Types of filling materials

More information on filling materials can also be found at Restorative Materials.

Metal Fillings

 

Tooth-coloured fillings

1. Dental Amalgam Fillings

These are sometimes called "silver" fillings.  They are the most common kind of filling used in Canada today.  Because these fillings are silver in colour, they are usually used to fill back teeth.  They are a mix of metals such as mercury, silver, copper and tin.

Pros:

  • these are the least expensive type of filling.
  • they last a long time (on average, longer than composite.)
  • they are easy to put in place. (Since they are a direct filling, one visit to your dentist will do the job.)

Cons:

  • the silver colour may not appeal to people who want a "natural" look.
  • tiny amounts of mercury are released from the filling when you chew.  For most people, this is nothing to worry about.  Studies have shown that amalgam fillings do not cause illness.  They have been used on people for more than 150 years.
  • Health Canada has advised that pregnant women in need of a filling may want to wait until the baby is born before they go ahead.  Your dentist can suggest other kinds of fillings, if the work is urgent.
2. Cast Gold Fillings

These are based on a model (or cast) of your tooth.  Cast gold fillings are a mixture of gold with other metals such as silver and copper.  These other metals make gold fillings more durable.

A cast gold filling is made in a dental lab and sent back to your dentist, who cements it in place in your mouth.  you will need at least 2 visits to the dentist to get the job done.

During the first visit, your dentist cleans out all the decay and makes a mold of your tooth.  The hole is filled with a temporary filling.  Meanwhile in a dental lab, the mold of your tooth is used to make a model.  A filling that is the same size and shape as your tooth is built based on the model.  When you go back to the dentist a couple of weeks later, your dentist cements the gold filling in place.

Pros:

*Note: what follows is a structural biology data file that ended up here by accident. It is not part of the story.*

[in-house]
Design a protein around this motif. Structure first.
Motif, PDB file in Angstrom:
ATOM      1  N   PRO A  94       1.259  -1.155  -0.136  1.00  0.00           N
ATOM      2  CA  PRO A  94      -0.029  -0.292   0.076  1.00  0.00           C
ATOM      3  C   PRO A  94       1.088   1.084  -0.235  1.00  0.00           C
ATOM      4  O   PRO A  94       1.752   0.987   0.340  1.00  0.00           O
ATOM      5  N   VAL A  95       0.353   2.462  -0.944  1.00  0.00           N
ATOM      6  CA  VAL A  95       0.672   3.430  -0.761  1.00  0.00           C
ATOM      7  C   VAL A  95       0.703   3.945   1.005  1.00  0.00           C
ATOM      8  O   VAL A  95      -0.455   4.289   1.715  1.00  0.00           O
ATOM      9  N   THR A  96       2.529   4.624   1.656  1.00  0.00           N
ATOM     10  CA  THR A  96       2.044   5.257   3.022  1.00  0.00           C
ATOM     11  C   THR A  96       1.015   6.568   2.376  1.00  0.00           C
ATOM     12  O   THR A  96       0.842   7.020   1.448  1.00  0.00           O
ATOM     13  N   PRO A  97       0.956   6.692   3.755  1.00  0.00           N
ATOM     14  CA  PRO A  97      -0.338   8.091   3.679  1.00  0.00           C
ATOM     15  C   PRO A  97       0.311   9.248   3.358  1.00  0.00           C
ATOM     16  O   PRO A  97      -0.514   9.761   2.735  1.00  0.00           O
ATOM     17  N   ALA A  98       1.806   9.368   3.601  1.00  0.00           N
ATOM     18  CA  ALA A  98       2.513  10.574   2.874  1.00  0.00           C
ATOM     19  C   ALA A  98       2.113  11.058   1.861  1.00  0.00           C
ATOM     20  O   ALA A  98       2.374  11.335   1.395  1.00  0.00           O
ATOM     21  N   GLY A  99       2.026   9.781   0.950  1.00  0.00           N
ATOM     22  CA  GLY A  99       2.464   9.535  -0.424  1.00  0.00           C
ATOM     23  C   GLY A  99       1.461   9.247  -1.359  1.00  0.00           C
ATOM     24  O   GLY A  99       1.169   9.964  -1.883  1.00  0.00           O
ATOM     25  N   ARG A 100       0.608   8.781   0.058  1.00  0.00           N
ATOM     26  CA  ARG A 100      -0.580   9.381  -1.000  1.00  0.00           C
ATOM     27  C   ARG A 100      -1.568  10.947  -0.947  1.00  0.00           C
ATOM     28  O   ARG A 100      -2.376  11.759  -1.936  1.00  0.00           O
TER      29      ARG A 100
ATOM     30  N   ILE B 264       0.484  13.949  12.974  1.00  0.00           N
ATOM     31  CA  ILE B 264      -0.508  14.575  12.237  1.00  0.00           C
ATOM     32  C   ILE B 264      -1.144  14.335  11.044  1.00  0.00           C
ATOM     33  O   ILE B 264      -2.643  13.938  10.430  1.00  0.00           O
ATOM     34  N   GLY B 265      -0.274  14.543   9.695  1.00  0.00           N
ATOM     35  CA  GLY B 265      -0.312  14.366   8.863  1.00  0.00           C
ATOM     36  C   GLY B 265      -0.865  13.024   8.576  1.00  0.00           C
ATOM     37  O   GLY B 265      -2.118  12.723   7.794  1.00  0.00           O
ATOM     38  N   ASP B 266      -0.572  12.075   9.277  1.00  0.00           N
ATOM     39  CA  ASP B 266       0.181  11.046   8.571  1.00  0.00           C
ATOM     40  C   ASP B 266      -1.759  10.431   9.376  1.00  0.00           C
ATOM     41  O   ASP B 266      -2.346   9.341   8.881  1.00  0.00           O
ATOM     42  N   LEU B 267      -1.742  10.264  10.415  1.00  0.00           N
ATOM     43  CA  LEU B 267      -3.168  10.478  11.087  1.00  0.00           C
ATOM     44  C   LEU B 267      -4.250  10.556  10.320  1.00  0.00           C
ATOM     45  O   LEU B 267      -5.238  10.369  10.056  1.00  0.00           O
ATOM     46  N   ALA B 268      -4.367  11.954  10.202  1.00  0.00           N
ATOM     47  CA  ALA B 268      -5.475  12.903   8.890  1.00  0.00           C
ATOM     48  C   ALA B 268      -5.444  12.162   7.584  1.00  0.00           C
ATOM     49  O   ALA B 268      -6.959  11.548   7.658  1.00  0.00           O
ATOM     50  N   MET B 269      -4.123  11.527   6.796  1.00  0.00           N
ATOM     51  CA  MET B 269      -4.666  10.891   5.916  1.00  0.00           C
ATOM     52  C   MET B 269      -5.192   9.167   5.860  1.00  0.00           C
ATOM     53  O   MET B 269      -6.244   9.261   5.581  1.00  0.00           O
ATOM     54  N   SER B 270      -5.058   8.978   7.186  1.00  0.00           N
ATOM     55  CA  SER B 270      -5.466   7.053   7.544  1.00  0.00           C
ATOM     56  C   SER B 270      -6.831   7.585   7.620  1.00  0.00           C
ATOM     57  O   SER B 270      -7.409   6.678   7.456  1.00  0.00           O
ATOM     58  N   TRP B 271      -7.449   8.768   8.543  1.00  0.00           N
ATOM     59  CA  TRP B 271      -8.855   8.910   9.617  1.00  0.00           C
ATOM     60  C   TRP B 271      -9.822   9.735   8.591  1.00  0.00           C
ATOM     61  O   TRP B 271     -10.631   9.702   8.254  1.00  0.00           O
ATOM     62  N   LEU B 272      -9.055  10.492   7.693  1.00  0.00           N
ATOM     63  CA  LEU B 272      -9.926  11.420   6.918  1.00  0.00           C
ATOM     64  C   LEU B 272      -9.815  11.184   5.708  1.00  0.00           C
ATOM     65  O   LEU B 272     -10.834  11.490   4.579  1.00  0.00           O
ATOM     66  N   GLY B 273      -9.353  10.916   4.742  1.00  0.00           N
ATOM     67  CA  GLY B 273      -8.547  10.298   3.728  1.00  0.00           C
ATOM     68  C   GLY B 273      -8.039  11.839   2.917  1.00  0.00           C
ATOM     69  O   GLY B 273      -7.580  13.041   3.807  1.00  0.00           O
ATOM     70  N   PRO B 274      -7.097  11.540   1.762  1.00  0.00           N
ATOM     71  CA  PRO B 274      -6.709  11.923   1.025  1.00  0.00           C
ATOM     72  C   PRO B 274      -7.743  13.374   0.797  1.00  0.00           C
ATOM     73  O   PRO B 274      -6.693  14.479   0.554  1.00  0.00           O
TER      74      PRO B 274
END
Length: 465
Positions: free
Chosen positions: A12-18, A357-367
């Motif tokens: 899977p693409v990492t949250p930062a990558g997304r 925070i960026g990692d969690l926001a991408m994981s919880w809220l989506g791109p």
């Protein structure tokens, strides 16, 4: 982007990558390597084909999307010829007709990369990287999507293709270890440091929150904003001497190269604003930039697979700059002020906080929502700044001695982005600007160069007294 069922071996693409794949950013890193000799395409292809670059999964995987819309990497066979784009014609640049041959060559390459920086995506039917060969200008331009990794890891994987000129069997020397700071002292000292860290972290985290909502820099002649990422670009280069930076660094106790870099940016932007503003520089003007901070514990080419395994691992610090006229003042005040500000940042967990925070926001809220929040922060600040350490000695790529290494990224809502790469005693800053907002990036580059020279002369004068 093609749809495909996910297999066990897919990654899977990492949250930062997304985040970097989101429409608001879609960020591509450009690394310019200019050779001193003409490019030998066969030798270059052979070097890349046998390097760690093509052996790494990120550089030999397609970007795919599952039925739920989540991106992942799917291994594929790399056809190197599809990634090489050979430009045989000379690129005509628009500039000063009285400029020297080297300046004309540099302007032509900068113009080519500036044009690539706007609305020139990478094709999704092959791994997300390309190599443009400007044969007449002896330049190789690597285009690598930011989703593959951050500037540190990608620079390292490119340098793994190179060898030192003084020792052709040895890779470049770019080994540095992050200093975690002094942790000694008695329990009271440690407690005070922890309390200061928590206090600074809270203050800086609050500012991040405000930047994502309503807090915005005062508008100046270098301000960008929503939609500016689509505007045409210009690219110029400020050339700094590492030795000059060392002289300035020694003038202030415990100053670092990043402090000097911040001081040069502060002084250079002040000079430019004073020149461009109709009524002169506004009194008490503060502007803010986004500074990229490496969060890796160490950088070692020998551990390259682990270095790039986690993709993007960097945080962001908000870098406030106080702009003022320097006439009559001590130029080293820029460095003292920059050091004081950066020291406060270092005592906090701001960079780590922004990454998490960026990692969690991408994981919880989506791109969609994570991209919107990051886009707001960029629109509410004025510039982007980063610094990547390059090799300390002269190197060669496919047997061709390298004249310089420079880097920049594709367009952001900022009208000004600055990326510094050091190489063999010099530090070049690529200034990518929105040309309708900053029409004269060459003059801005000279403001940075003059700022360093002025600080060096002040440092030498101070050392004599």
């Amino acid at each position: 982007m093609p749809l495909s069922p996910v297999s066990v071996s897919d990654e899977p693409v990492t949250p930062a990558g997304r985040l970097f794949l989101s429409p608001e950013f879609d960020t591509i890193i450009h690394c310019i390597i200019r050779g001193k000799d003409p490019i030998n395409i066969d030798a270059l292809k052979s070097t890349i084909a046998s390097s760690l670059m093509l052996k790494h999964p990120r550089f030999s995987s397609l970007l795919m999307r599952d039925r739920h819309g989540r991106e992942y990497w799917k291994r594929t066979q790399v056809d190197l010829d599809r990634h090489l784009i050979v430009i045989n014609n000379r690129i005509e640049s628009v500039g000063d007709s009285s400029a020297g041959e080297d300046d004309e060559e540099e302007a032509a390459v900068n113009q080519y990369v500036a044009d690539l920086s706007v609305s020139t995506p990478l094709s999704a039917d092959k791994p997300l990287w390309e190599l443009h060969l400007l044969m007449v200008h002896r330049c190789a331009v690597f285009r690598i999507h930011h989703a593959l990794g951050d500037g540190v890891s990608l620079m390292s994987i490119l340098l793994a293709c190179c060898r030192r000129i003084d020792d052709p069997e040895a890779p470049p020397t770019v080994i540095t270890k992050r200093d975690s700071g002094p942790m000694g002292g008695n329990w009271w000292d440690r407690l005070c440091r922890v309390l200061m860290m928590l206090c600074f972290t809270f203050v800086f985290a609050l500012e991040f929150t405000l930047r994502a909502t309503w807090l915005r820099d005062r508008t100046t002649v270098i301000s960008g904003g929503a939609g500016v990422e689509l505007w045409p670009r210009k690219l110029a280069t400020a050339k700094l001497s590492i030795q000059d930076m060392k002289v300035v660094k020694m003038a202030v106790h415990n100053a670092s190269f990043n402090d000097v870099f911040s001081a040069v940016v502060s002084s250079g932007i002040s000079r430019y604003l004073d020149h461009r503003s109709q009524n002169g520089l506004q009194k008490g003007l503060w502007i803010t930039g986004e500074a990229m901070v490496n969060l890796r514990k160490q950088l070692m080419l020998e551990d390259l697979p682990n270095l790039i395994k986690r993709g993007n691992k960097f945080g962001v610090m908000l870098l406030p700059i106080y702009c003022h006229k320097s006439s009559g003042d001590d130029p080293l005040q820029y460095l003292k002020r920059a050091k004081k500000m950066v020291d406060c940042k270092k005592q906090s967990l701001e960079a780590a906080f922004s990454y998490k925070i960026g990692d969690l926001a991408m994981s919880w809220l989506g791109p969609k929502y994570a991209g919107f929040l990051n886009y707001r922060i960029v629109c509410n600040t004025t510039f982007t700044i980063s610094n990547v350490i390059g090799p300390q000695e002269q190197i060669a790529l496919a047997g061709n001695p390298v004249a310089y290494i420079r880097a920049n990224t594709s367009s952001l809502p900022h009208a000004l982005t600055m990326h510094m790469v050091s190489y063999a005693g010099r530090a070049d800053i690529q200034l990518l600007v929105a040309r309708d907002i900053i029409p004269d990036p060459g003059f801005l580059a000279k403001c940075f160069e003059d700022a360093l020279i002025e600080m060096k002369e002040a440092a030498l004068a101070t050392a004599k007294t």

• the physical properties of gold make them the most ideal filling material.
  • gold fillings last a long time.

Cons:

  • gold costs more than other kinds of fillings.
  • gold fillings and crowns are indirect fillings, so they take at least 2 appointments.
  • the gold colour may not appeal to people who want a "natural" look.
 
3. Composite Fillings

These are also called plastic or white fillings.  Getting this kind of filling depends on where the tooth is in your mouth.  We bite down hard on our back teeth (molars), so a plastic filling may not be a good choice here.  Talk to your dentist about your other choices.

To do the job, your dentist cleans all decay from the tooth and puts a glue (or bonding material) on the inside of the hole.  Composite resin is put into the hole in thin layers.  Each layer gets hard with the help of a special light that your dentist holds over the tooth.  When the last layer of the filling is hard, your dentist shapes the filling so it looks and feels natural.

Pros:

  • these fillings will be the same colour as your natural teeth.
  • they cost less than gold fillings.
  • they are direct fillings, so they can be done in 1 appointment in most cases.

Cons:

  • this kind of filling can break more easily than amalgam or gold fillings, and they may not last as long.
  • they cost more than amalgam fillings.
  • recurrent decay is more of a problem than with amalgam or gold fillings.
4. Glass Ionomer Materials

These are only used on non-biting tooth surfaces.

There have not been many studies about how long this kind of filling lasts.  Newer forms of the filling may be stronger and may last longer.  Research is underway to tell us more.

Pros:

  • these fillings are the same colour as your natural teeth.
  • They contain fluoride, which helps stop recurrent decay in the tooth.
  • they do NOT have to be put in layer by layer.  This makes it simpler than putting in composite resins.
  • they are direct fillings and can be done in 1 appointment, in most cases.
  • they cost less than gold fillings.

Cons:

  • they should only be used on non-biting tooth surfaces.
  • they cost more than amalgam fillings.
5. Porcelain Materials

These are the most common kinds of dental ceramic used by dentist.  They are hard and brittle.

Porcelain and metal can be combined to make a strong, tooth-coloured crown.  The crown is based on a model of your tooth.  It is made in a dental lab in much the same way as a cast gold filling or crown is made.  Unless you have a bad tooth grinding habit or some other problem, a combination of porcelain and metal can be used anywhere in the mouth.

Pros:

  • dental porcelain is the same colour as natural teeth.
  • these fillings last a long time.

Cons.

  • for teeth that bite down hard, like molars, ceramics are not a good choice.  Fillings can break.
  • they are indirect fillings, so at least 2 appointments will be needed.
  • they cost more than most other types of fillings.

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